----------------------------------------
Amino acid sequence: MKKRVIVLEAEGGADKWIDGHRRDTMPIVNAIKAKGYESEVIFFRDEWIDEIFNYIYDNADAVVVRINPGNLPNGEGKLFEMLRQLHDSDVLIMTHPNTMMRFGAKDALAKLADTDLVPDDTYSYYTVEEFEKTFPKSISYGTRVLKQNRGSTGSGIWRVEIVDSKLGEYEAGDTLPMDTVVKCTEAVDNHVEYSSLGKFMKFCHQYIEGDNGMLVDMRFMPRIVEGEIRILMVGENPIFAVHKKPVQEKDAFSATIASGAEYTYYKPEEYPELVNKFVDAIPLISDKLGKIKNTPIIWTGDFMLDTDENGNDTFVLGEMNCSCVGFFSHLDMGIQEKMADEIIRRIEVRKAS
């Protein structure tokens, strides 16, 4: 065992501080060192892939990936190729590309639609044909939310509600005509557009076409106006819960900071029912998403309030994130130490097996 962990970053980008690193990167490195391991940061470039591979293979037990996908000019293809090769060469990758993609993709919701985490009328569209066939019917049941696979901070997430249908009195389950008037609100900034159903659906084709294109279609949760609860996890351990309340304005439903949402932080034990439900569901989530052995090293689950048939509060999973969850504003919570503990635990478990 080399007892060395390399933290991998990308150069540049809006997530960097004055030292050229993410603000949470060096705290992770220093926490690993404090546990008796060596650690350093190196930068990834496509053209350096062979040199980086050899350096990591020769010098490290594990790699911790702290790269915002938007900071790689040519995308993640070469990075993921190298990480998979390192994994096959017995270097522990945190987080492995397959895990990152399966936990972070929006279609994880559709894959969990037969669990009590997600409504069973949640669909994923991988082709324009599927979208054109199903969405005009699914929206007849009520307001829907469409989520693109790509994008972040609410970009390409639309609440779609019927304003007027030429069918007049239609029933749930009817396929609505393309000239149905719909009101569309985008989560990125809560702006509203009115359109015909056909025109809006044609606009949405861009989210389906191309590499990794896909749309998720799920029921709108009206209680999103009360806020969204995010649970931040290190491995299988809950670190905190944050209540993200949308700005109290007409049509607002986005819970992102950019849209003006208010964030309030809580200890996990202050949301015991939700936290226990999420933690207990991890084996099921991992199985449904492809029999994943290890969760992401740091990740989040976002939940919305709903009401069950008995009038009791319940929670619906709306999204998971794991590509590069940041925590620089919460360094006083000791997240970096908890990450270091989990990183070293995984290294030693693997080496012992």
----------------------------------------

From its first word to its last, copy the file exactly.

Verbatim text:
Amino acid sequence: MKKRVIVLEAEGGADKWIDGHRRDTMPIVNAIKAKGYESEVIFFRDEWIDEIFNYIYDNADAVVVRINPGNLPNGEGKLFEMLRQLHDSDVLIMTHPNTMMRFGAKDALAKLADTDLVPDDTYSYYTVEEFEKTFPKSISYGTRVLKQNRGSTGSGIWRVEIVDSKLGEYEAGDTLPMDTVVKCTEAVDNHVEYSSLGKFMKFCHQYIEGDNGMLVDMRFMPRIVEGEIRILMVGENPIFAVHKKPVQEKDAFSATIASGAEYTYYKPEEYPELVNKFVDAIPLISDKLGKIKNTPIIWTGDFMLDTDENGNDTFVLGEMNCSCVGFFSHLDMGIQEKMADEIIRRIEVRKAS
């Protein structure tokens, strides 16, 4: 065992501080060192892939990936190729590309639609044909939310509600005509557009076409106006819960900071029912998403309030994130130490097996 962990970053980008690193990167490195391991940061470039591979293979037990996908000019293809090769060469990758993609993709919701985490009328569209066939019917049941696979901070997430249908009195389950008037609100900034159903659906084709294109279609949760609860996890351990309340304005439903949402932080034990439900569901989530052995090293689950048939509060999973969850504003919570503990635990478990 080399007892060395390399933290991998990308150069540049809006997530960097004055030292050229993410603000949470060096705290992770220093926490690993404090546990008796060596650690350093190196930068990834496509053209350096062979040199980086050899350096990591020769010098490290594990790699911790702290790269915002938007900071790689040519995308993640070469990075993921190298990480998979390192994994096959017995270097522990945190987080492995397959895990990152399966936990972070929006279609994880559709894959969990037969669990009590997600409504069973949640669909994923991988082709324009599927979208054109199903969405005009699914929206007849009520307001829907469409989520693109790509994008972040609410970009390409639309609440779609019927304003007027030429069918007049239609029933749930009817396929609505393309000239149905719909009101569309985008989560990125809560702006509203009115359109015909056909025109809006044609606009949405861009989210389906191309590499990794896909749309998720799920029921709108009206209680999103009360806020969204995010649970931040290190491995299988809950670190905190944050209540993200949308700005109290007409049509607002986005819970992102950019849209003006208010964030309030809580200890996990202050949301015991939700936290226990999420933690207990991890084996099921991992199985449904492809029999994943290890969760992401740091990740989040976002939940919305709903009401069950008995009038009791319940929670619906709306999204998971794991590509590069940041925590620089919460360094006083000791997240970096908890990450270091989990990183070293995984290294030693693997080496012992």